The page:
The Environmental Protection Agency (EPA) has just awarded $1.3 million to several groups and municipalities throughout the state of Rhode Island to help them clean up brownfields sites and train people in the skills necessary to do the work.
The New England regional administrator of the EPA, Curt Spalding, visited Central Falls on August 20 to officially award the funding, which will be used on sites in Central Falls, Pawtucket, Providence, and Barrington.
One of the groups being given a grant, a nonprofit organization called Groundwork Providence, was given almost $200,000 just for job training. To date, the state of Rhode Island and organizations therein have been awarded almost $35 million through the federal brownfields program. The funding has helped assess and clean up a total of 253 polluted sites, and has created close to 900 jobs.
Mayor James Diossa of Central Falls says his city's sites are one of its "goldmines," adding that "we're not able to get them developed very quickly because of the remediation that they need, but through these funds we'll be able to accomplish that, which ties into economic development." Though they are only just being awarded now, the grants were all announced earlier this May.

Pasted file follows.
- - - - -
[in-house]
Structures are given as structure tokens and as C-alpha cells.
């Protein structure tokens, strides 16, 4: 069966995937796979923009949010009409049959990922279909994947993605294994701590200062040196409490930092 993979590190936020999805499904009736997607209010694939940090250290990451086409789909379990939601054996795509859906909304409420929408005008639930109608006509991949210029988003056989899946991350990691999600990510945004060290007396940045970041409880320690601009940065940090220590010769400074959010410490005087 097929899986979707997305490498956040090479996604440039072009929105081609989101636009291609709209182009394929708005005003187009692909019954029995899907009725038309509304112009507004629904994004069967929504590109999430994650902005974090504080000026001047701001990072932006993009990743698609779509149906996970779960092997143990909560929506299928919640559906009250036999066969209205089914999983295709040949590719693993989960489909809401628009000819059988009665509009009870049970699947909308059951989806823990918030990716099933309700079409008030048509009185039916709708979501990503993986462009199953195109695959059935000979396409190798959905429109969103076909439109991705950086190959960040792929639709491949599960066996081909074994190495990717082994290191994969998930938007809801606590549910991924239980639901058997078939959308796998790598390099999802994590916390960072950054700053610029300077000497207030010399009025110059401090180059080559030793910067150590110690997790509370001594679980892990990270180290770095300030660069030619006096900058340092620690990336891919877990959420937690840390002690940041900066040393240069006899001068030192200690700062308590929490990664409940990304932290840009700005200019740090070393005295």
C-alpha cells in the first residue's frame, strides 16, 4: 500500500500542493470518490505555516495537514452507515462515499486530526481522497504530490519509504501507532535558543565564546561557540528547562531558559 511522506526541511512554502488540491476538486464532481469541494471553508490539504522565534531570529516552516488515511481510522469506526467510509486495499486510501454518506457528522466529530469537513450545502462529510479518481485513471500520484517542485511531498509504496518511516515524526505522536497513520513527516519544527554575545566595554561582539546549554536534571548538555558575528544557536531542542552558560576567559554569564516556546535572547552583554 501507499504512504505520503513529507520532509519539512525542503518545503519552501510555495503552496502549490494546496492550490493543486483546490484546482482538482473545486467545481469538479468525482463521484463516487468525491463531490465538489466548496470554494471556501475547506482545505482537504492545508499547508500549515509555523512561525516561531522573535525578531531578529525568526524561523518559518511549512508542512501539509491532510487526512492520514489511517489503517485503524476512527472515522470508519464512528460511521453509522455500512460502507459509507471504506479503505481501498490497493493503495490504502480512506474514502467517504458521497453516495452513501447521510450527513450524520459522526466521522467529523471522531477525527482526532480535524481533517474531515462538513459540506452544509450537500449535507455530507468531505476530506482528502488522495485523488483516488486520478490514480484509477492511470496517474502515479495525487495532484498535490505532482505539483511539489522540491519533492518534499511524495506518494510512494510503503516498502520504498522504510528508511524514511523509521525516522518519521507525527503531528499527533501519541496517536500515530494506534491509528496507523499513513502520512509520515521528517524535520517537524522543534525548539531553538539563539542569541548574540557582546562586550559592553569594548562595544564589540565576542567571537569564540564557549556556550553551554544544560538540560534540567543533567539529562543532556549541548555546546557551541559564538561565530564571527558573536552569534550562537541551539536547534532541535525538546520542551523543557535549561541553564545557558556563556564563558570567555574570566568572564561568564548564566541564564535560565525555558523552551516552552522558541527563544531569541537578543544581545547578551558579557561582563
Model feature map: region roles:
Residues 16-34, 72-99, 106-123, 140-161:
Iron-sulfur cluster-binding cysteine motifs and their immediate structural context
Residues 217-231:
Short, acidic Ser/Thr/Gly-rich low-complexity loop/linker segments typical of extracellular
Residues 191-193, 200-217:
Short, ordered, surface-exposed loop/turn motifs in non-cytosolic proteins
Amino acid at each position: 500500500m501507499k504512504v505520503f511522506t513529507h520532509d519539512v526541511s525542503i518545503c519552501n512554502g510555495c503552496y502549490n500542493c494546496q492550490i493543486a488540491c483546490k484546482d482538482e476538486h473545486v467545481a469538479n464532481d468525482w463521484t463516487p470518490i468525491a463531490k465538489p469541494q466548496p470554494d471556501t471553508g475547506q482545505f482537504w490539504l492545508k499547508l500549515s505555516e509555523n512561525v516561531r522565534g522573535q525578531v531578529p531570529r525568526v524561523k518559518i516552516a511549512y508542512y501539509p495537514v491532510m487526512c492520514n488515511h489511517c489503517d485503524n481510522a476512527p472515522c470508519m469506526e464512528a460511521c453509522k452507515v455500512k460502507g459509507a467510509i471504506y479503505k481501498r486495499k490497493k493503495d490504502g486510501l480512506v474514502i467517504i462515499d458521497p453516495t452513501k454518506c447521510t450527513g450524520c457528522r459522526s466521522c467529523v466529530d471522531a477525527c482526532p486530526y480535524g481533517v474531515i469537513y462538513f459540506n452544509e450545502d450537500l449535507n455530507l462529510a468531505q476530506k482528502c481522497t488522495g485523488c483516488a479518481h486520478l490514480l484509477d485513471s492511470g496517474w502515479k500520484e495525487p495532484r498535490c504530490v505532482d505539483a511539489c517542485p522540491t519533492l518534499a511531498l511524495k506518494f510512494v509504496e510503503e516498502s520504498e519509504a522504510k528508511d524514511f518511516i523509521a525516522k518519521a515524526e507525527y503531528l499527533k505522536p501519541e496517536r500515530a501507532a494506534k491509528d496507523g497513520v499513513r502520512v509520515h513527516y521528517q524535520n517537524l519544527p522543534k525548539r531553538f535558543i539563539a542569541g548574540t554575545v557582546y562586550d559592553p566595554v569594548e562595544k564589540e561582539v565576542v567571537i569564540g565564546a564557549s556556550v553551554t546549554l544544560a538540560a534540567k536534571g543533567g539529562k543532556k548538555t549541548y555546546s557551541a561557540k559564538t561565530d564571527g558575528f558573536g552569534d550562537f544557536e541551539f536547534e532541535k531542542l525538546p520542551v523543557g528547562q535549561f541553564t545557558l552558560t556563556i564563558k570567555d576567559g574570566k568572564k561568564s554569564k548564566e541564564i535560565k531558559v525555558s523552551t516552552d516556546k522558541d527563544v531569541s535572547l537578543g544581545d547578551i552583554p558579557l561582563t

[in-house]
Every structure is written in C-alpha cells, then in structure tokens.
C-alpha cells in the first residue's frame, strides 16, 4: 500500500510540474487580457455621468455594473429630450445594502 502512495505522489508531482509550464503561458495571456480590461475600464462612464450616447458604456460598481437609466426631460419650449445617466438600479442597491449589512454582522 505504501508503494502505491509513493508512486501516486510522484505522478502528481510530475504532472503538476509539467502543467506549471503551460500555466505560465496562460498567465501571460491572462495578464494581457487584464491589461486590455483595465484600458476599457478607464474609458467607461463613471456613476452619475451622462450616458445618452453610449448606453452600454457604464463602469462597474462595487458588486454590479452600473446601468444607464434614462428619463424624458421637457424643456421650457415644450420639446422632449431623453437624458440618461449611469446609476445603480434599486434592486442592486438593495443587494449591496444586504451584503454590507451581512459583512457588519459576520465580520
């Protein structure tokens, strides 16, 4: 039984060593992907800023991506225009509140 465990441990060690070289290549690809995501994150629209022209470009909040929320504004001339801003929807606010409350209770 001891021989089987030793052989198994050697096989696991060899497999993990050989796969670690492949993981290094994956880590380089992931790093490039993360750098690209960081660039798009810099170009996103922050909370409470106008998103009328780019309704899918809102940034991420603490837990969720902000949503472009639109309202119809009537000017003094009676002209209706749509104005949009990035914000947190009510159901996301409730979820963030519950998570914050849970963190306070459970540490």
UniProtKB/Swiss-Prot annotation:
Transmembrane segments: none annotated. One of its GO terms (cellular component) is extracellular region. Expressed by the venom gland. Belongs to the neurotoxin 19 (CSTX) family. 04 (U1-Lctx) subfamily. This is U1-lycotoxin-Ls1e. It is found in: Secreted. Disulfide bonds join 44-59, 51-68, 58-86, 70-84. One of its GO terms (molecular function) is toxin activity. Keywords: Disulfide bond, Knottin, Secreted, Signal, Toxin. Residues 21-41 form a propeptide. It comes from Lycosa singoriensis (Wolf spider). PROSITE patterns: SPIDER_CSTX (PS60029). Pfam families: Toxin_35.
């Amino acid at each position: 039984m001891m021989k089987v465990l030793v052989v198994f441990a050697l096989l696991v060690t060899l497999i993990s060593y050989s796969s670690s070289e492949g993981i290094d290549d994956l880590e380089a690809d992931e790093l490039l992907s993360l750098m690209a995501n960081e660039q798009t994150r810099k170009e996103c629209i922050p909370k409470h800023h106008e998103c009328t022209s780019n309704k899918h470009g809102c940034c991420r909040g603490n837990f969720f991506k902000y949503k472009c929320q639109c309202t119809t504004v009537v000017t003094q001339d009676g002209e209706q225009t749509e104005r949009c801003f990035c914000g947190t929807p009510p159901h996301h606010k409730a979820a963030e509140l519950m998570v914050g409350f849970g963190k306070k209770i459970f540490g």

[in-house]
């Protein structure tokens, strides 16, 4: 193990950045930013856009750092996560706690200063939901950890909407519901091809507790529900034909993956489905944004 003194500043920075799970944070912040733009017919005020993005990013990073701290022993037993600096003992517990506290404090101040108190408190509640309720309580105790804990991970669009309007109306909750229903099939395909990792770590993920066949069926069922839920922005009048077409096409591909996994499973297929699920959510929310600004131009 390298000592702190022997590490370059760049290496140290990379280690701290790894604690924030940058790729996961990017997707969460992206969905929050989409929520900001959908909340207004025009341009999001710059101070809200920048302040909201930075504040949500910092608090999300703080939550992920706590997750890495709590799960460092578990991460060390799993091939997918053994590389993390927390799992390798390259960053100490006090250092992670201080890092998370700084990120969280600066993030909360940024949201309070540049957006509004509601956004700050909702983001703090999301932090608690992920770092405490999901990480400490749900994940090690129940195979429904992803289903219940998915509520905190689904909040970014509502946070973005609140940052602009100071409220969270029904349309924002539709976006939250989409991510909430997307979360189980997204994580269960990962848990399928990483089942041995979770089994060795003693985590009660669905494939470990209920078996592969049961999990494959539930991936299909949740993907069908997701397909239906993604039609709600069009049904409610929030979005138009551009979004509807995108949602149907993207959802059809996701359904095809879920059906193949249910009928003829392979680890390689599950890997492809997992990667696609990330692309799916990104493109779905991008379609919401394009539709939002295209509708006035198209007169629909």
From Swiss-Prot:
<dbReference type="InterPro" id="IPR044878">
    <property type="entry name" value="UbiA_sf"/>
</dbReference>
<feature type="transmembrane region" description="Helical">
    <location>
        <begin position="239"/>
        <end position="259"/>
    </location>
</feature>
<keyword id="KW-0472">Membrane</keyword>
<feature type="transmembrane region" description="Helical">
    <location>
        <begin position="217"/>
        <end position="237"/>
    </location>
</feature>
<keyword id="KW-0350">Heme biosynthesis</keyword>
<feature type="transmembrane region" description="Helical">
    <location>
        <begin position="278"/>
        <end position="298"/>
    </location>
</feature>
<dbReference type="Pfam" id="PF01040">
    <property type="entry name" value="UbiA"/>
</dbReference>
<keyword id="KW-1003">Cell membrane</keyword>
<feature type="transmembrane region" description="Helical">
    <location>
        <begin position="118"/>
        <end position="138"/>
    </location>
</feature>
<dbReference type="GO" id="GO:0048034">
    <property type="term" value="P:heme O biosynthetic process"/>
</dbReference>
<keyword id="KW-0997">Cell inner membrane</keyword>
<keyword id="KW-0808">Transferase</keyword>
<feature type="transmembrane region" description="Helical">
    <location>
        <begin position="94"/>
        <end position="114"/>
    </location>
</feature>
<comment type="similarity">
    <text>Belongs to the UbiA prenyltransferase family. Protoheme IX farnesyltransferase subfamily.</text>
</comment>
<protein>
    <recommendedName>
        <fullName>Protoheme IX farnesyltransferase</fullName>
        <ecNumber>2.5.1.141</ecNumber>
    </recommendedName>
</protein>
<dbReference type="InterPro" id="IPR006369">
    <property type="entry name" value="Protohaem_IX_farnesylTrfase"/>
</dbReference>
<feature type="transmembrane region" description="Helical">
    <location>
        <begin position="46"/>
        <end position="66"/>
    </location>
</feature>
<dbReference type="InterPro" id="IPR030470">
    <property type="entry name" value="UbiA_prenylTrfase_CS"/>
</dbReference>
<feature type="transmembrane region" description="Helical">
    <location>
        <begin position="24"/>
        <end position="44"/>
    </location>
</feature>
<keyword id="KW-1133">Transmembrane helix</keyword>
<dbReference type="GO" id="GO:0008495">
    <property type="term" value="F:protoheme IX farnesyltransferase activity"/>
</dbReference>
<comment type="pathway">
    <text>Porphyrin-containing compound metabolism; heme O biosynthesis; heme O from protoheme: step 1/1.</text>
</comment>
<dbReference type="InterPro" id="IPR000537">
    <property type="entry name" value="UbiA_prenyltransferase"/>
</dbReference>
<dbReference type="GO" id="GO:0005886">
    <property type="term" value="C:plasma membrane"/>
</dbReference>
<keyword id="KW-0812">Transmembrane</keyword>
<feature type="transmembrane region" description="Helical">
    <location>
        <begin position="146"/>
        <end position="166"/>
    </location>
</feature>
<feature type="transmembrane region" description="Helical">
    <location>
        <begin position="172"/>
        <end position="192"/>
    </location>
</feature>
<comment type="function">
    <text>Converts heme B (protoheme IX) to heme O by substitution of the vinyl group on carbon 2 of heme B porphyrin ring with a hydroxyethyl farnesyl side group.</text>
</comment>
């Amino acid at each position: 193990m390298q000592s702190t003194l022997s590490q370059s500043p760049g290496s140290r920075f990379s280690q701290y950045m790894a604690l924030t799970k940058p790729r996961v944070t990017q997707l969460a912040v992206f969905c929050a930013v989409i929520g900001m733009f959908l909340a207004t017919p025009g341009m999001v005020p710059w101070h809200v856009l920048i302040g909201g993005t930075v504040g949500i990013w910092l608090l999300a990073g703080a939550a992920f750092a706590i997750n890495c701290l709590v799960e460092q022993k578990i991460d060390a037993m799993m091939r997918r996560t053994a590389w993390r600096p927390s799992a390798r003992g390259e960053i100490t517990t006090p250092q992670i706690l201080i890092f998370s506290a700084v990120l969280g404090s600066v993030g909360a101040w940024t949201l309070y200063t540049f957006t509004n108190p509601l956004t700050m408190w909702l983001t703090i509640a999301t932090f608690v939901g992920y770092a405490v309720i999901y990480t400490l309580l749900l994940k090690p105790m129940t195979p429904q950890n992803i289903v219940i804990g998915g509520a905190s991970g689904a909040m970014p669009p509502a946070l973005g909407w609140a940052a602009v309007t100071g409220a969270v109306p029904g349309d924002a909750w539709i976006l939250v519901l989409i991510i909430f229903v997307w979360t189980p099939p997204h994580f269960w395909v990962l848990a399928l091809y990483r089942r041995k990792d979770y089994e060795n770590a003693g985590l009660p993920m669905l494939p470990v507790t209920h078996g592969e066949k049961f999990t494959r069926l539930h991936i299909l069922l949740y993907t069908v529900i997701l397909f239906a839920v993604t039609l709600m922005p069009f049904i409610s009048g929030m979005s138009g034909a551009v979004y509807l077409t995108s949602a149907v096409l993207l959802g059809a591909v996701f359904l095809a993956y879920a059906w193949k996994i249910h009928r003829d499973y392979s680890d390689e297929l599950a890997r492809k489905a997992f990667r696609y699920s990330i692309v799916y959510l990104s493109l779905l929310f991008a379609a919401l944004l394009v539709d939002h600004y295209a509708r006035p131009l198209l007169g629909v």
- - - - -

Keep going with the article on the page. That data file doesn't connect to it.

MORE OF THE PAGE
Brownfields are typically low enough quality land that real estate investors shy away from them, making it difficult to get the ball rolling on development. Concentrated restoration efforts, however, can turn the quality of the land around and prepare them for development.
Local governments should work with environmental consultants to ensure that brownfields are being revitalized properly.